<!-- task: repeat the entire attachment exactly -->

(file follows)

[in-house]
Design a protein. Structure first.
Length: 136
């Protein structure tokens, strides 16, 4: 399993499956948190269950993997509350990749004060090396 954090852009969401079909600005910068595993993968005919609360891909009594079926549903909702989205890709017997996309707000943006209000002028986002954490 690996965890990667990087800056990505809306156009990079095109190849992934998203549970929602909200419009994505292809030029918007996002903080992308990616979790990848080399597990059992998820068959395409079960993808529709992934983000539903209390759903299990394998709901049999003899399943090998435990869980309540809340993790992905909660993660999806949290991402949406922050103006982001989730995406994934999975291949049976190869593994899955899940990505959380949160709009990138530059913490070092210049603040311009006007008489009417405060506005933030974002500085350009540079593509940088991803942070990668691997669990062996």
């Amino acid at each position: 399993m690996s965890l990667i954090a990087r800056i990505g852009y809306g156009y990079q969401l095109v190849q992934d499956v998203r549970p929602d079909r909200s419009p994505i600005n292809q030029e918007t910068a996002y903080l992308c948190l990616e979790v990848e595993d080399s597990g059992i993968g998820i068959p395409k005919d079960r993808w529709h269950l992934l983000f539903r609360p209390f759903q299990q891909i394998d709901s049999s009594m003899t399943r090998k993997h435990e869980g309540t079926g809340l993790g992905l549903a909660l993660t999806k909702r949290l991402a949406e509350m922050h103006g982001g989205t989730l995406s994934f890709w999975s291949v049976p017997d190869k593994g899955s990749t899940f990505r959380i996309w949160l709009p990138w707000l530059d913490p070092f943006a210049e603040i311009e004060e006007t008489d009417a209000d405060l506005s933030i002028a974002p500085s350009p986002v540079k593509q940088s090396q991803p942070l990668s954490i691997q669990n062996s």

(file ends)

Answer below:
[in-house]
Design a protein. Structure first.
Length: 136
């Protein structure tokens, strides 16, 4: 399993499956948190269950993997509350990749004060090396 954090852009969401079909600005910068595993993968005919609360891909009594079926549903909702989205890709017997996309707000943006209000002028986002954490 690996965890990667990087800056990505809306156009990079095109190849992934998203549970929602909200419009994505292809030029918007996002903080992308990616979790990848080399597990059992998820068959395409079960993808529709992934983000539903209390759903299990394998709901049999003899399943090998435990869980309540809340993790992905909660993660999806949290991402949406922050103006982001989730995406994934999975291949049976190869593994899955899940990505959380949160709009990138530059913490070092210049603040311009006007008489009417405060506005933030974002500085350009540079593509940088991803942070990668691997669990062996």
């Amino acid at each position: 399993m690996s965890l990667i954090a990087r800056i990505g852009y809306g156009y990079q969401l095109v190849q992934d499956v998203r549970p929602d079909r909200s419009p994505i600005n292809q030029e918007t910068a996002y903080l992308c948190l990616e979790v990848e595993d080399s597990g059992i993968g998820i068959p395409k005919d079960r993808w529709h269950l992934l983000f539903r609360p209390f759903q299990q891909i394998d709901s049999s009594m003899t399943r090998k993997h435990e869980g309540t079926g809340l993790g992905l549903a909660l993660t999806k909702r949290l991402a949406e509350m922050h103006g982001g989205t989730l995406s994934f890709w999975s291949v049976p017997d190869k593994g899955s990749t899940f990505r959380i996309w949160l709009p990138w707000l530059d913490p070092f943006a210049e603040i311009e004060e006007t008489d009417a209000d405060l506005s933030i002028a974002p500085s350009p986002v540079k593509q940088s090396q991803p942070l990668s954490i691997q669990n062996s």